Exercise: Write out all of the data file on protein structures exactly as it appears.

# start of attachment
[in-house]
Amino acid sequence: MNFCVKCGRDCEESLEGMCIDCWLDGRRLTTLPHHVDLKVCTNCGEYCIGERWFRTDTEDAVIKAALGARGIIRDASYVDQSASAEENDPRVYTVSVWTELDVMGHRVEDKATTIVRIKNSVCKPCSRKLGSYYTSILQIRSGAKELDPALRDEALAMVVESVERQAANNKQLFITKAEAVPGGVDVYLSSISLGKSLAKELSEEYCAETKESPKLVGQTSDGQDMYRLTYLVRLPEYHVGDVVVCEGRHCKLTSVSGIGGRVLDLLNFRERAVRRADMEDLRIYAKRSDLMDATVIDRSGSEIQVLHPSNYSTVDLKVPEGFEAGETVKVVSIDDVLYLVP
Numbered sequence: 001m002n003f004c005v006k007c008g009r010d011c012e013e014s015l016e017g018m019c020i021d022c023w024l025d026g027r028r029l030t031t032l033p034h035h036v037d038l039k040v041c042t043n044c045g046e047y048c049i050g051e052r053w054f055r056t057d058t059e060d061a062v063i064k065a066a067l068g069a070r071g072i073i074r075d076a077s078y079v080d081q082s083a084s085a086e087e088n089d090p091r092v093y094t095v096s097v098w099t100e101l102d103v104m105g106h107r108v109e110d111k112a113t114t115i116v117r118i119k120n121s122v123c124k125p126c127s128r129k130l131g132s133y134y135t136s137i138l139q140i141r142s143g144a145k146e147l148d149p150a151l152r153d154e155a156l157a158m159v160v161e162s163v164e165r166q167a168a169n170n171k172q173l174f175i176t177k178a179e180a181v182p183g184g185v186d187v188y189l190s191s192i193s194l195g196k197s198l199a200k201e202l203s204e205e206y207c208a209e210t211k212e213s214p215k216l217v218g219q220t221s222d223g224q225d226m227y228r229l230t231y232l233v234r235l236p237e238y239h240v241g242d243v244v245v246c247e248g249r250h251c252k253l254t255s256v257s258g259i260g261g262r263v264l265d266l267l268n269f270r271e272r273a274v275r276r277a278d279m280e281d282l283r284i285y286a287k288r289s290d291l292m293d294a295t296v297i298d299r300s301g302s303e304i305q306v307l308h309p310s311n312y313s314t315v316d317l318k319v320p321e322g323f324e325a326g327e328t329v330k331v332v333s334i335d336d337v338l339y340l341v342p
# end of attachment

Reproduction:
[in-house]
Amino acid sequence: MNFCVKCGRDCEESLEGMCIDCWLDGRRLTTLPHHVDLKVCTNCGEYCIGERWFRTDTEDAVIKAALGARGIIRDASYVDQSASAEENDPRVYTVSVWTELDVMGHRVEDKATTIVRIKNSVCKPCSRKLGSYYTSILQIRSGAKELDPALRDEALAMVVESVERQAANNKQLFITKAEAVPGGVDVYLSSISLGKSLAKELSEEYCAETKESPKLVGQTSDGQDMYRLTYLVRLPEYHVGDVVVCEGRHCKLTSVSGIGGRVLDLLNFRERAVRRADMEDLRIYAKRSDLMDATVIDRSGSEIQVLHPSNYSTVDLKVPEGFEAGETVKVVSIDDVLYLVP
Numbered sequence: 001m002n003f004c005v006k007c008g009r010d011c012e013e014s015l016e017g018m019c020i021d022c023w024l025d026g027r028r029l030t031t032l033p034h035h036v037d038l039k040v041c042t043n044c045g046e047y048c049i050g051e052r053w054f055r056t057d058t059e060d061a062v063i064k065a066a067l068g069a070r071g072i073i074r075d076a077s078y079v080d081q082s083a084s085a086e087e088n089d090p091r092v093y094t095v096s097v098w099t100e101l102d103v104m105g106h107r108v109e110d111k112a113t114t115i116v117r118i119k120n121s122v123c124k125p126c127s128r129k130l131g132s133y134y135t136s137i138l139q140i141r142s143g144a145k146e147l148d149p150a151l152r153d154e155a156l157a158m159v160v161e162s163v164e165r166q167a168a169n170n171k172q173l174f175i176t177k178a179e180a181v182p183g184g185v186d187v188y189l190s191s192i193s194l195g196k197s198l199a200k201e202l203s204e205e206y207c208a209e210t211k212e213s214p215k216l217v218g219q220t221s222d223g224q225d226m227y228r229l230t231y232l233v234r235l236p237e238y239h240v241g242d243v244v245v246c247e248g249r250h251c252k253l254t255s256v257s258g259i260g261g262r263v264l265d266l267l268n269f270r271e272r273a274v275r276r277a278d279m280e281d282l283r284i285y286a287k288r289s290d291l292m293d294a295t296v297i298d299r300s301g302s303e304i305q306v307l308h309p310s311n312y313s314t315v316d317l318k319v320p321e322g323f324e325a326g327e328t329v330k331v332v333s334i335d336d337v338l339y340l341v342p